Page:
The End of the World as They Knew it: Writing Experiences of the Argentine South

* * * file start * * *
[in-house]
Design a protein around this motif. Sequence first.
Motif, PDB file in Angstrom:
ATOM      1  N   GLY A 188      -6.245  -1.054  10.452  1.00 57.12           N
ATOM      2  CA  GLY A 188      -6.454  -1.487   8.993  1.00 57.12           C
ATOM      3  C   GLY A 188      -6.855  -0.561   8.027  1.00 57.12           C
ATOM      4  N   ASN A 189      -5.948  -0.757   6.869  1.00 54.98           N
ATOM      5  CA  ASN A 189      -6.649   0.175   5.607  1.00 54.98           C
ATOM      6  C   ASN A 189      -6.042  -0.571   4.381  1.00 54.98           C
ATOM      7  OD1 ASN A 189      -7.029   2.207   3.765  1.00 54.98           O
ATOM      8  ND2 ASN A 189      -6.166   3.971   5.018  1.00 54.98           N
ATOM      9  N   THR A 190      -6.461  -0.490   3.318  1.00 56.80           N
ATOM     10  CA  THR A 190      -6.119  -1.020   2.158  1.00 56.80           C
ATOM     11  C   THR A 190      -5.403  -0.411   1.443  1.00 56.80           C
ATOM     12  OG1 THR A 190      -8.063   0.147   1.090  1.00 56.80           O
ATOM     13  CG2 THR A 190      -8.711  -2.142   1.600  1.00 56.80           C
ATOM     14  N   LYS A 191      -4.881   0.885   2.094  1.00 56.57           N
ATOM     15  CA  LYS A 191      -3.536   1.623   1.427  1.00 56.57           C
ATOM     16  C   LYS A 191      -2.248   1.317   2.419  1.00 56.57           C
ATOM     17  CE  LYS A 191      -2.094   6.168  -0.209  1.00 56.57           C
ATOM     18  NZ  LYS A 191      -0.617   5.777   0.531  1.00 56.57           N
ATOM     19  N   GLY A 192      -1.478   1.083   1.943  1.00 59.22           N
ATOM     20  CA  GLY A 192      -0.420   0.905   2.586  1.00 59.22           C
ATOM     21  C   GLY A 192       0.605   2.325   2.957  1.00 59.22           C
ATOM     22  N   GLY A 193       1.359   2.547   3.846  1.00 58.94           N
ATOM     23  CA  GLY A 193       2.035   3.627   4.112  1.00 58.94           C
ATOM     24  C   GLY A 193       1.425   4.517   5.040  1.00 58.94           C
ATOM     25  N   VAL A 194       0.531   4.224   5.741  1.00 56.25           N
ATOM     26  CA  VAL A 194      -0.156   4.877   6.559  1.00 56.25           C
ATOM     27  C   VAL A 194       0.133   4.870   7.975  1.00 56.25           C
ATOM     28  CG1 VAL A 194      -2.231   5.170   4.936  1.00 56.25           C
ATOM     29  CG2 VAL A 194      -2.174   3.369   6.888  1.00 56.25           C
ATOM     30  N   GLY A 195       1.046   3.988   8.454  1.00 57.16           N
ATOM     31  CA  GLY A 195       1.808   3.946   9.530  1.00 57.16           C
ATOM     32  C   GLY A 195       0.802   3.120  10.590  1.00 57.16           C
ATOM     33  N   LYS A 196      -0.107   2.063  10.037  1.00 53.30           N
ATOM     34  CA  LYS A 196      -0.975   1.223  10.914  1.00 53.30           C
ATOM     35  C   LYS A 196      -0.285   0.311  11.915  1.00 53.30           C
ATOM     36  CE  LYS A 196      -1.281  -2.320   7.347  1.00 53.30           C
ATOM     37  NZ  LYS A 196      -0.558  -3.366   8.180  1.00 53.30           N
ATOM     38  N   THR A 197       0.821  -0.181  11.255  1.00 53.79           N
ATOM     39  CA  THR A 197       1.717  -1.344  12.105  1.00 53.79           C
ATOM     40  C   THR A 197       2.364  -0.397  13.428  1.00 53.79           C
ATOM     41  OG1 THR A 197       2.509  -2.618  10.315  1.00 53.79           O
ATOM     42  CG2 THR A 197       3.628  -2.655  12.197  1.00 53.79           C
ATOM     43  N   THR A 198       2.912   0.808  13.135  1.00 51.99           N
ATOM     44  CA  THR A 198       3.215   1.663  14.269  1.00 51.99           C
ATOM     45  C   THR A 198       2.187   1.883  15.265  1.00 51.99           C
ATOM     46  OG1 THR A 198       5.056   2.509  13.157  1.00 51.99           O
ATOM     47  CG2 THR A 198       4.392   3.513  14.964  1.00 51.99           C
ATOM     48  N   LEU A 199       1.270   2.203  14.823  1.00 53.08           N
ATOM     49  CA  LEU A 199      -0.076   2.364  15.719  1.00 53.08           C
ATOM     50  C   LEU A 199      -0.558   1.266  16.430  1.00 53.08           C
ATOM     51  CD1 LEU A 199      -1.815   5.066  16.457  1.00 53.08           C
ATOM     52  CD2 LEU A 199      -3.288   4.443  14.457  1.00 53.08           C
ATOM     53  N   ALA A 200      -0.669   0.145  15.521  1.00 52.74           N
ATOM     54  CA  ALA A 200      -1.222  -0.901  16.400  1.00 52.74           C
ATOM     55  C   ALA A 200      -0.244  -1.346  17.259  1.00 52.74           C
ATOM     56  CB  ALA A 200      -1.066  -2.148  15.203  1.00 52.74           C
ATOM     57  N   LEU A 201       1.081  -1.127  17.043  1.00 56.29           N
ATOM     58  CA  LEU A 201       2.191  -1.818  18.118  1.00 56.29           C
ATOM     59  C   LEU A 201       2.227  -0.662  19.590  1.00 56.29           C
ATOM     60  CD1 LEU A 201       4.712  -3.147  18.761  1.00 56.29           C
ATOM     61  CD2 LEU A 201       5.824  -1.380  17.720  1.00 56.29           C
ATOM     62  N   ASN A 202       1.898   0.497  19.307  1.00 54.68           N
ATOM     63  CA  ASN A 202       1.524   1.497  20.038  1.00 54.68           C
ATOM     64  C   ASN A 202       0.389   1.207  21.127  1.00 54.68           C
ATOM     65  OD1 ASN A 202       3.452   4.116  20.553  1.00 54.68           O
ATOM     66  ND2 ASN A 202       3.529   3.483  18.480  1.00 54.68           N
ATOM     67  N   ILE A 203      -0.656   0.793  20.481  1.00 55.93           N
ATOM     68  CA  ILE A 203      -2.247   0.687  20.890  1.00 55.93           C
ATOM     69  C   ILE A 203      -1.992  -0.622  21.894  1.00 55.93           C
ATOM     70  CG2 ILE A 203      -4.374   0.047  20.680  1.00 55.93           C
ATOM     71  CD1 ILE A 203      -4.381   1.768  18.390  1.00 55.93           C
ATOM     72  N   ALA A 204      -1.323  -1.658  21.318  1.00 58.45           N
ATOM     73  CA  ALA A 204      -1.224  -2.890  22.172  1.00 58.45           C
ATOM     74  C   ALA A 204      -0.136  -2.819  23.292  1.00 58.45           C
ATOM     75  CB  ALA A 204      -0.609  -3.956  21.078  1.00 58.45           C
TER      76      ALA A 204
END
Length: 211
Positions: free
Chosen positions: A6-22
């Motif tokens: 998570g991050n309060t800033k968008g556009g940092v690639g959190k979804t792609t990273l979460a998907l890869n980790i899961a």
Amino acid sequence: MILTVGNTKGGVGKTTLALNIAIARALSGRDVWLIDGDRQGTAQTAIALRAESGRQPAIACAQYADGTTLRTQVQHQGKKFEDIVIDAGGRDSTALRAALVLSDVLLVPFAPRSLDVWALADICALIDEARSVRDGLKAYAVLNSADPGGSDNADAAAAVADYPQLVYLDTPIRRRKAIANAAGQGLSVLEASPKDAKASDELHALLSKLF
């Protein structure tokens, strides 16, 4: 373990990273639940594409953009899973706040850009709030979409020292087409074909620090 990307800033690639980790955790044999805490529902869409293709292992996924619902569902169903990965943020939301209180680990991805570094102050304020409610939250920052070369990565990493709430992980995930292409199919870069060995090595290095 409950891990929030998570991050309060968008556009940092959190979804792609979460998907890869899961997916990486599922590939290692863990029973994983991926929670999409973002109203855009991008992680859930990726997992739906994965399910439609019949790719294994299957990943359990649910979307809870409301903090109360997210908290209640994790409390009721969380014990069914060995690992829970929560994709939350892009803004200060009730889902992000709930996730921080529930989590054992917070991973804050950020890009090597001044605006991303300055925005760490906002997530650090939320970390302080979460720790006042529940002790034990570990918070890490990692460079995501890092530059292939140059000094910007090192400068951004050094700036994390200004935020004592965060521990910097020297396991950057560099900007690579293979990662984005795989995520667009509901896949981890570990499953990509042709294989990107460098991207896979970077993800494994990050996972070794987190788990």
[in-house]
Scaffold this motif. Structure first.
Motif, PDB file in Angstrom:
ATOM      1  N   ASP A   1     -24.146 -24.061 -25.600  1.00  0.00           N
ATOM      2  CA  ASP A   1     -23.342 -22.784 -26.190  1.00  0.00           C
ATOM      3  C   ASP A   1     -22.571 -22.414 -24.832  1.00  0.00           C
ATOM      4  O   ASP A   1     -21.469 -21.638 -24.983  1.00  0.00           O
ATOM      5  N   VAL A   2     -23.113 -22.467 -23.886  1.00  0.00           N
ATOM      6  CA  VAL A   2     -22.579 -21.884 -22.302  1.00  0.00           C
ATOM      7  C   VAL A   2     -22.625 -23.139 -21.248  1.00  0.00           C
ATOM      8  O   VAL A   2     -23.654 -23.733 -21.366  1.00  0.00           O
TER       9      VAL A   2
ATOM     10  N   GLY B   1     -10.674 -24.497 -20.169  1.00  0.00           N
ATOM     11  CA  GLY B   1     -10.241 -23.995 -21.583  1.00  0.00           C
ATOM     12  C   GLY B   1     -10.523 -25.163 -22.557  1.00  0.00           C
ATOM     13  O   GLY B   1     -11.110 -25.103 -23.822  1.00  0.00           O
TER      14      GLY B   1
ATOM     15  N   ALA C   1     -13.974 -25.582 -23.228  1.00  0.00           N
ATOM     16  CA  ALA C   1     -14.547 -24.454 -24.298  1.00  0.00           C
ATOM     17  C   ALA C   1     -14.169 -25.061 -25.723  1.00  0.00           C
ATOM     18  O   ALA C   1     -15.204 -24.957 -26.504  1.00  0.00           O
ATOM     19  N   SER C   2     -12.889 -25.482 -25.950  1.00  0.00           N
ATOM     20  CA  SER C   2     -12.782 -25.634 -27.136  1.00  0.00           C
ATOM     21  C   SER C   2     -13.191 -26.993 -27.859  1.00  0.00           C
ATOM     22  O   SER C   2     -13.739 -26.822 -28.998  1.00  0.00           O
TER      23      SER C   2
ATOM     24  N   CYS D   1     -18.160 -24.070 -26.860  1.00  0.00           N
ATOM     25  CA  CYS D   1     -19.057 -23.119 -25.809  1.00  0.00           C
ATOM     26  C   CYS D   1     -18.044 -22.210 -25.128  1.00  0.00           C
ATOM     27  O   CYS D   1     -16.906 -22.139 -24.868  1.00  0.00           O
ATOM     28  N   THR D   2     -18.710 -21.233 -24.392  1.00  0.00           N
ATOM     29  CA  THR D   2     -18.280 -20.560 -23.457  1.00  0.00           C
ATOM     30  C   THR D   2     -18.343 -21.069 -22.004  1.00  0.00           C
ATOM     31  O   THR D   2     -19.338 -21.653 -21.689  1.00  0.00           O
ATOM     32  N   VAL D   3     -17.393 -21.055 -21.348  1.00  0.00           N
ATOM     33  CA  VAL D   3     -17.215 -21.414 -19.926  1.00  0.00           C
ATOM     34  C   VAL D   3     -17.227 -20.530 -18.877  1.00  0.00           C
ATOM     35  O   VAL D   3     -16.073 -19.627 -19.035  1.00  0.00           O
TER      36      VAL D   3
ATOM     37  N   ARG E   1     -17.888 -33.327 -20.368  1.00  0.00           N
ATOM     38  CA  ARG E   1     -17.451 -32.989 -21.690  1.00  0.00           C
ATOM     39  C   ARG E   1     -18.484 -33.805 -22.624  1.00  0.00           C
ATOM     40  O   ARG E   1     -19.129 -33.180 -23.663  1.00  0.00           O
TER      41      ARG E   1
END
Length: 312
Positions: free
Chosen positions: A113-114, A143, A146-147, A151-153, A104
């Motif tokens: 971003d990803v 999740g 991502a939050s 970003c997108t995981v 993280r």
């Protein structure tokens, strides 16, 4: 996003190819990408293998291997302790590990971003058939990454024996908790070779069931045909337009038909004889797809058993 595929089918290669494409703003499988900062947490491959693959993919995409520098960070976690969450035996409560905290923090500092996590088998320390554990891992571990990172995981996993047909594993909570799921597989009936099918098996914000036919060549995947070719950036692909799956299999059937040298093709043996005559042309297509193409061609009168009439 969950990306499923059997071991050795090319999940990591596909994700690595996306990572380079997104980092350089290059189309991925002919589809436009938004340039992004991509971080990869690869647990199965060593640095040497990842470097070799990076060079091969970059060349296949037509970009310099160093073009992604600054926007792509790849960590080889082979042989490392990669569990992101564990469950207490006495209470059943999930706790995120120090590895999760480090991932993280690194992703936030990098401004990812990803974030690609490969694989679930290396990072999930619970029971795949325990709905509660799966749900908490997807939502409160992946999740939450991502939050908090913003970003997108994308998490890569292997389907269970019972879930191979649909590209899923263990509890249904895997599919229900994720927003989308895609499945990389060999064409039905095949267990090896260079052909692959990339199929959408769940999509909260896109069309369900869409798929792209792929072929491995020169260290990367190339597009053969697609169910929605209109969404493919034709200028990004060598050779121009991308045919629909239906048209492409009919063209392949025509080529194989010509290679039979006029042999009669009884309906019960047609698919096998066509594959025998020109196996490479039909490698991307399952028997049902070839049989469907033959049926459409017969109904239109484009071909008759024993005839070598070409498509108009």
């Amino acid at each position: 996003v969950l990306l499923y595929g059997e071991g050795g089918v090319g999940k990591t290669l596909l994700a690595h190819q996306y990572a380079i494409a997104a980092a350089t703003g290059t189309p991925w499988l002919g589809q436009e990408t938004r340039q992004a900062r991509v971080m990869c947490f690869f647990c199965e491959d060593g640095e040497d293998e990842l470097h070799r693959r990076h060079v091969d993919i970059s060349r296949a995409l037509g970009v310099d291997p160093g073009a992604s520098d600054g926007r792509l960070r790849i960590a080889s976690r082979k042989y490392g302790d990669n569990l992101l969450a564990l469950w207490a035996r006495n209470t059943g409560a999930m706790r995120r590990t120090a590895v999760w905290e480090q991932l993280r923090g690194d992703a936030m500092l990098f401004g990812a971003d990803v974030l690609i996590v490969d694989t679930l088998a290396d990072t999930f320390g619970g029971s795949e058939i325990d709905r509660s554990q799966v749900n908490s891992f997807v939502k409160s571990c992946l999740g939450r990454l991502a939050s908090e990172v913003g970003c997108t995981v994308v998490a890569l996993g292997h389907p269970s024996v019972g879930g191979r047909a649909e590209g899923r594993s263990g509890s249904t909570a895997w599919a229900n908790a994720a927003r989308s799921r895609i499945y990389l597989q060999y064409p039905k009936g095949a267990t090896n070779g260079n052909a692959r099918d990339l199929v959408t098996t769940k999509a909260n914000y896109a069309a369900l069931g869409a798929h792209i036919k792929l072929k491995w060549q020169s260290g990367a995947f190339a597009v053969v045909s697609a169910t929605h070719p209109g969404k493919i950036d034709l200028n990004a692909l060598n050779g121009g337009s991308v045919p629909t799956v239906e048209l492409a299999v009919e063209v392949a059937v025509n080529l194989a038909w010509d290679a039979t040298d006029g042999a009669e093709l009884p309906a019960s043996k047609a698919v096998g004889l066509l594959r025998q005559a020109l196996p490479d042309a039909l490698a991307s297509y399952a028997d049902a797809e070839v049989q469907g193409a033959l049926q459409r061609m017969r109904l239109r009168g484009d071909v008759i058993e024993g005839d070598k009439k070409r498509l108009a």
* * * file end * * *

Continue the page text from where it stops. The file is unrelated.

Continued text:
The End of the World as They Knew It maps the shifting constructions of the space of the South in Argentine discourses of identity, nation, and self-fashioning. In works by Domingo F. Sarmiento, Lucio V. Mansilla, Francisco P. Moreno, Jorge Luis Borges, Ricardo Piglia, and Cesar Aira, Eva-Lynn Alicia Jagoe examines how representations of the South - as primitive, empty, violent, or a place of potential - inform Argentine liberal ideology. Part of this process entails the reception of travel narratives by Francis Bond Head, Charles Darwin, and W.H. Hudson, which served the purpose of ratifying the gaze of the criollo, and of appropriating the South through civilized discourses.Focusing on crucial moments in Argentine cultural history, such as the 1871 Conquest of the Desert and the military dictatorship of the 1970s, Jagoe compellingly argues that these intensely experiential narrations of the South are inextricably linked to questions of collective memory and the construction of an Argentine history and tradition. Well written and thoroughly researched, The End of the World as They Knew It will appeal to scholars of Argentine literature and culture, as well as those interested in travel writing and nation building.